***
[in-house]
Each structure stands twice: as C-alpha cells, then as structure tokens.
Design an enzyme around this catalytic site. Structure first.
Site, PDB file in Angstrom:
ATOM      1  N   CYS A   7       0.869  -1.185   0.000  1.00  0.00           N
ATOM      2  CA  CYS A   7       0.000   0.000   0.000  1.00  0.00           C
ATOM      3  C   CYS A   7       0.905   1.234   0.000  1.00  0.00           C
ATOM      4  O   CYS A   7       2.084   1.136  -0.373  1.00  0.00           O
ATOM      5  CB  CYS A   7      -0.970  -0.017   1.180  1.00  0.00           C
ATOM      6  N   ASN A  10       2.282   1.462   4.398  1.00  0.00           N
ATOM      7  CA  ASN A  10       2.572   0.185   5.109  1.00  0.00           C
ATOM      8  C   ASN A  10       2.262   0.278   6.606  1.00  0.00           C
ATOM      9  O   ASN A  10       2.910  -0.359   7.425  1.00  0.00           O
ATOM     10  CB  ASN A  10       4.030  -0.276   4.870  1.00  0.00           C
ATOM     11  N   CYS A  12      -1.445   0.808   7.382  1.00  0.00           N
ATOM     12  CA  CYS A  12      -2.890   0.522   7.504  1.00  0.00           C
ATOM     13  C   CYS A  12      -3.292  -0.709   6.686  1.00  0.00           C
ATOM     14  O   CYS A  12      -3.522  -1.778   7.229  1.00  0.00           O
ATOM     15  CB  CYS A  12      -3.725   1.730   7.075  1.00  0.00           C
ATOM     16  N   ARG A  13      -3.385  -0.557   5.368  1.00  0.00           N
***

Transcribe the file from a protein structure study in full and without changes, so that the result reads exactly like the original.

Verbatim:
[in-house]
Each structure stands twice: as C-alpha cells, then as structure tokens.
Design an enzyme around this catalytic site. Structure first.
Site, PDB file in Angstrom:
ATOM      1  N   CYS A   7       0.869  -1.185   0.000  1.00  0.00           N
ATOM      2  CA  CYS A   7       0.000   0.000   0.000  1.00  0.00           C
ATOM      3  C   CYS A   7       0.905   1.234   0.000  1.00  0.00           C
ATOM      4  O   CYS A   7       2.084   1.136  -0.373  1.00  0.00           O
ATOM      5  CB  CYS A   7      -0.970  -0.017   1.180  1.00  0.00           C
ATOM      6  N   ASN A  10       2.282   1.462   4.398  1.00  0.00           N
ATOM      7  CA  ASN A  10       2.572   0.185   5.109  1.00  0.00           C
ATOM      8  C   ASN A  10       2.262   0.278   6.606  1.00  0.00           C
ATOM      9  O   ASN A  10       2.910  -0.359   7.425  1.00  0.00           O
ATOM     10  CB  ASN A  10       4.030  -0.276   4.870  1.00  0.00           C
ATOM     11  N   CYS A  12      -1.445   0.808   7.382  1.00  0.00           N
ATOM     12  CA  CYS A  12      -2.890   0.522   7.504  1.00  0.00           C
ATOM     13  C   CYS A  12      -3.292  -0.709   6.686  1.00  0.00           C
ATOM     14  O   CYS A  12      -3.522  -1.778   7.229  1.00  0.00           O
ATOM     15  CB  CYS A  12      -3.725   1.730   7.075  1.00  0.00           C
ATOM     16  N   ARG A  13      -3.385  -0.557   5.368  1.00  0.00           N